Bill and Melinda Gates. Billy Ray and Tish Cyrus. Jeff Bezos and MacKenzie Scott. While celebrity news does not always mirror statistics, divorce among people over the age of 50 – so-called “gray divorce” – is on the rise.
According to the U.S. Census Bureau study done in 2016, among adults aged 20 and over that had been married, 34 percent of women and 33 percent of men had been through a divorce. The percentage of those surveyed who had been divorced was highest for adults aged 55 to 64. They found that in 2014, 33.7 percent of women surveyed had been divorced, but the breakdown by age may be surprising: 7.1 percent of women aged 20 to 24; 13.4 percent of women aged 25 to 29; 22.3 percent of women aged 30 to 34; 30.8 percent of women aged 35to 44; 41.6 percent of women aged 45 to 54; 42.6 percent of women aged 54 to 65; 38.5 percent of women aged 65 to 74; and 24 percent of women aged 75 and older had been divorced. For men, the statistics were similar: 6.2 percent of men aged 20 to 24; 10.1 percent of men aged 25-29; 15.9 percent of men aged 30 to 34; 27.4 percent of men aged 35 to 44; 27.4 percent of men aged 45 to 54; 42.5 percent of men aged 55 to 64; 38.6 percent of men aged 65 to 74; and 24.4 percent of men aged 75 and older had been divorced.
What is the proverbial “danger zone” for divorce? The U.S. Census Bureau reports that the typical U.S. marriage that ends in divorce lasts approximately eight years. Among couples aged 50 and over, however, the divorce rate has doubled over the last 20 years, according to the Pew Research Center. As of 2015, for every 1,000 married individuals aged over 50, ten of them divorced, which is double the five out of 1,000 in 1990.
For individuals over age 65, the increase is even more stark, as the divorce rate has actually tripled for this group of individuals since 1990. Interestingly, the divorce rate for those aged 25 to 39 has actually decreased, likely due to waiting longer to get married.
While it may seem surprising that older people are getting divorced so often, it is not as surprising when taken in context with the Baby Boomer generation. During their young adult years, Baby Boomers had what Pew Research Center calls “unprecedented” levels of divorce. Many of the individuals of this generation who married and divorced when they were younger subsequently remarried, and remarriages are more prone to divorce than first marriages. In fact, 48 percent of adults over age 50 who divorced in 2015 had been in their second, third, or subsequent marriage.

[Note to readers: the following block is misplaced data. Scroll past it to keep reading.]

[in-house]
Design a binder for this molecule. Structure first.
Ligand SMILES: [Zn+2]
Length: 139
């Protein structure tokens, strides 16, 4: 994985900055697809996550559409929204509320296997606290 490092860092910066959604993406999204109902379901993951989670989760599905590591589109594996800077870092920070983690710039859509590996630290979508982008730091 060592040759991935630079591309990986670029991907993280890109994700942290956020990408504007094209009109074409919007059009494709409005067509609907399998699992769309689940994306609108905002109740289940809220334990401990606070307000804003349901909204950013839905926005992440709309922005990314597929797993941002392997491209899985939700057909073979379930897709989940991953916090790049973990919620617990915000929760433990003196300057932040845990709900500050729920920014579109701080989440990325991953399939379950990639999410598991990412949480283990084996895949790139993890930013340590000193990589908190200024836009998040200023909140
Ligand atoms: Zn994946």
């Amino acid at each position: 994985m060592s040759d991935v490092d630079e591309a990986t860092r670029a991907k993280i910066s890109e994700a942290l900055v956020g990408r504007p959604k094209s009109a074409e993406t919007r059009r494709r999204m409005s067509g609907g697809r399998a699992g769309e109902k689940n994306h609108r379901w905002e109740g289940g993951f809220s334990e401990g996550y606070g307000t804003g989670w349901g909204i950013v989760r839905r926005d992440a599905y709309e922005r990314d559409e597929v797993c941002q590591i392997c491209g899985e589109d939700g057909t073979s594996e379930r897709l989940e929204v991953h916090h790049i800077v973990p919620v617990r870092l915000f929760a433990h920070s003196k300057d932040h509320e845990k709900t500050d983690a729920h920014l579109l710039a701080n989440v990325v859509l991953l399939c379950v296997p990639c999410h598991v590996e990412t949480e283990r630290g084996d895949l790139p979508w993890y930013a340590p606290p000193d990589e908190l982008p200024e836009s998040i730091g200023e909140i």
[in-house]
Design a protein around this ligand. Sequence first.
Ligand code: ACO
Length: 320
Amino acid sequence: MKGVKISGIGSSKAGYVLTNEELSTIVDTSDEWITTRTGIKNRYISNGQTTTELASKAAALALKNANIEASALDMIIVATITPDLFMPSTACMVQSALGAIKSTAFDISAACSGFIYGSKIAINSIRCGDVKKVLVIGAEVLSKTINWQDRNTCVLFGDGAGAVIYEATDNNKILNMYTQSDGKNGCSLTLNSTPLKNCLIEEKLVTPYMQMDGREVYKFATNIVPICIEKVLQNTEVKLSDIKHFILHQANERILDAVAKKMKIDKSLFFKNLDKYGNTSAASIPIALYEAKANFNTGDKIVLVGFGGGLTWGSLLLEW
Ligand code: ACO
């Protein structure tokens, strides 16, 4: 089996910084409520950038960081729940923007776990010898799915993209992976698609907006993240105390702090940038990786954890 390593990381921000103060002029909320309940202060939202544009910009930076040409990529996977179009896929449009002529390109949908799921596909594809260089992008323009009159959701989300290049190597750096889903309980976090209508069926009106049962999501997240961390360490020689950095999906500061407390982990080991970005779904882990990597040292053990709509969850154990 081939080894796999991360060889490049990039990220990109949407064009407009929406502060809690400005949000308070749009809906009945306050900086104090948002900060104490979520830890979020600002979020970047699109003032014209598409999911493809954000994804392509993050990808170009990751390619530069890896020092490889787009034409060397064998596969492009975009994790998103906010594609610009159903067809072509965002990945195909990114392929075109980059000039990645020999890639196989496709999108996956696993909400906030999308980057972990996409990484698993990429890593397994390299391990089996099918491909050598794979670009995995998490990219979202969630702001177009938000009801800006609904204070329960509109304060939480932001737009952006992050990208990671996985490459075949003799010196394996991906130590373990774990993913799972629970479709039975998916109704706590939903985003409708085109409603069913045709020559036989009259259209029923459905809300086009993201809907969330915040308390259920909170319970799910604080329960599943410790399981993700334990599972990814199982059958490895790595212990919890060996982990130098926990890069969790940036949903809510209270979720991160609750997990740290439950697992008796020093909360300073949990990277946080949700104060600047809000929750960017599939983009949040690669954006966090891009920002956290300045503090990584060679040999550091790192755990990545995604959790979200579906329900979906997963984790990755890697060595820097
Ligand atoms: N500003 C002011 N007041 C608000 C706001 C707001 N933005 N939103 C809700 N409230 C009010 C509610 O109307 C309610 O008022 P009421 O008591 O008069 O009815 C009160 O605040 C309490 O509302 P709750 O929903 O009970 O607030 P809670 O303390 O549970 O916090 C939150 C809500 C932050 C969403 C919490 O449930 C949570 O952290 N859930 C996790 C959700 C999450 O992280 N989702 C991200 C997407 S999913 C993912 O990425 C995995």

Studies show that adults aged 50 and over were more likely to divorce if they had been married for less than ten years – though about one-third of adults in this group who divorced in 2014 had been married for at least 30 years.
Divorce in later stages of life can have some negative implications. Divorcees over 50 tend to be less financially secure than their married counterparts – especially women. There is also some research indicating that living alone in later years can have negative implications for health and well-being.
Why, then, are divorces for people over 50 on the rise? One factor at play is longer life expectancy. Pursuant to the U.S. Census Bureau, between 1960 and 2015, average life expectancy for residents of the United States increased by around ten years, from around 70 years old to around 80 years old. It is predicted that by 2060, that number may increase to 85 years old. Longer lives mean longer marriages, and may also lead individuals in their 50’s and 60’s to leave unhappy marriages, as those individuals may still have several decades of years left. There is also the tendency for some married couples with children to wait until those children graduate from high school and move out to divorce.
As stated, another reason why divorce rates are increasing for those over 50 is because many individuals in this age group are in their second or third marriage. Unfortunately, subsequent marriages have higher divorce rates – about two and a half times higher, to be precise.
Finally, the stigma around divorce is not the same as it used to be, particularly for women. There has been some research to suggest that individuals who have friends who are divorced are more likely to divorce themselves. While, in the past, it may have only been societally acceptable to leave a spouse after an affair or abuse, and while plenty of people still leave marriages for these reasons, there is more of an emphasis on happiness and satisfaction of late. Individuals who may have been ostracized for leaving a marriage that is not miserable but is also simply not working in the past, but that is less likely now.
Psychologist John Duffy has made similar findings, which he reported in an article for CNN. He argues that if people are divorcing after 20 or 30 years of marriage, the culprit likely is not just simply “incompatibility,” but more of a conscious choice by one or both spouses to make major changes in their life. He found that men tend to leave marriages at this time to pursue a new relationship, or to become more involved in an extramarital relationship in which they were already involved. Women, he reported, usually leave to “change their lives,” citing a lack of energy in their current partner and a desire for “new careers, new adventures and new opportunities.”
While divorce rates may be up for older individuals, the overall divorce rate in the United states has actually been gradually decreasing, from 22.6 divorces per every 1,000 married individuals in 1980 to 14.9 divorces per every 1,000 married individuals in 2019.
If you are an individual over 50 who has been served with a divorce complaint, or who is considering filing for divorce, it is important to know your legal rights and obligations. An experienced family law attorney can give you valuable advice and help guide you through the process.